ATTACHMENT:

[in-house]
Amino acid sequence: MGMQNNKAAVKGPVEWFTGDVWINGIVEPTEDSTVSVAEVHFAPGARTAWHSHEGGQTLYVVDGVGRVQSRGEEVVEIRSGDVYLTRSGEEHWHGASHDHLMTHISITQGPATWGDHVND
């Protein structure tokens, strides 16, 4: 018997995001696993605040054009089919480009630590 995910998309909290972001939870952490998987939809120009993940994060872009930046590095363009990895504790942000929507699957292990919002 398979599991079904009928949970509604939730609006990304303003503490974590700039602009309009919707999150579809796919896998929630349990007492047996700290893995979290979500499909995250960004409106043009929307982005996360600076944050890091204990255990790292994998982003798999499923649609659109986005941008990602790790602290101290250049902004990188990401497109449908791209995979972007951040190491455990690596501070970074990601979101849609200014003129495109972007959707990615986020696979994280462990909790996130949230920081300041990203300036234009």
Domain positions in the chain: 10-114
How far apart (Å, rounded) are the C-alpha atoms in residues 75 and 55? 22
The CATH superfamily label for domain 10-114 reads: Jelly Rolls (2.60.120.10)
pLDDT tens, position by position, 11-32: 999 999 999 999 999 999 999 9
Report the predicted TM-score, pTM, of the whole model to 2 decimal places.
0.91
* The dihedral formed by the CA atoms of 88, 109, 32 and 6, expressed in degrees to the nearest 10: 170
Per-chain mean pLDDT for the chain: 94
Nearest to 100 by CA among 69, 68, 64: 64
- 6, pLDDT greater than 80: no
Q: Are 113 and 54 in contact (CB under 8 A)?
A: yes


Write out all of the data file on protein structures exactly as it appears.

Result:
[in-house]
Amino acid sequence: MGMQNNKAAVKGPVEWFTGDVWINGIVEPTEDSTVSVAEVHFAPGARTAWHSHEGGQTLYVVDGVGRVQSRGEEVVEIRSGDVYLTRSGEEHWHGASHDHLMTHISITQGPATWGDHVND
């Protein structure tokens, strides 16, 4: 018997995001696993605040054009089919480009630590 995910998309909290972001939870952490998987939809120009993940994060872009930046590095363009990895504790942000929507699957292990919002 398979599991079904009928949970509604939730609006990304303003503490974590700039602009309009919707999150579809796919896998929630349990007492047996700290893995979290979500499909995250960004409106043009929307982005996360600076944050890091204990255990790292994998982003798999499923649609659109986005941008990602790790602290101290250049902004990188990401497109449908791209995979972007951040190491455990690596501070970074990601979101849609200014003129495109972007959707990615986020696979994280462990909790996130949230920081300041990203300036234009």
Domain positions in the chain: 10-114
How far apart (Å, rounded) are the C-alpha atoms in residues 75 and 55? 22
The CATH superfamily label for domain 10-114 reads: Jelly Rolls (2.60.120.10)
pLDDT tens, position by position, 11-32: 999 999 999 999 999 999 999 9
Report the predicted TM-score, pTM, of the whole model to 2 decimal places.
0.91
* The dihedral formed by the CA atoms of 88, 109, 32 and 6, expressed in degrees to the nearest 10: 170
Per-chain mean pLDDT for the chain: 94
Nearest to 100 by CA among 69, 68, 64: 64
- 6, pLDDT greater than 80: no
Q: Are 113 and 54 in contact (CB under 8 A)?
A: yes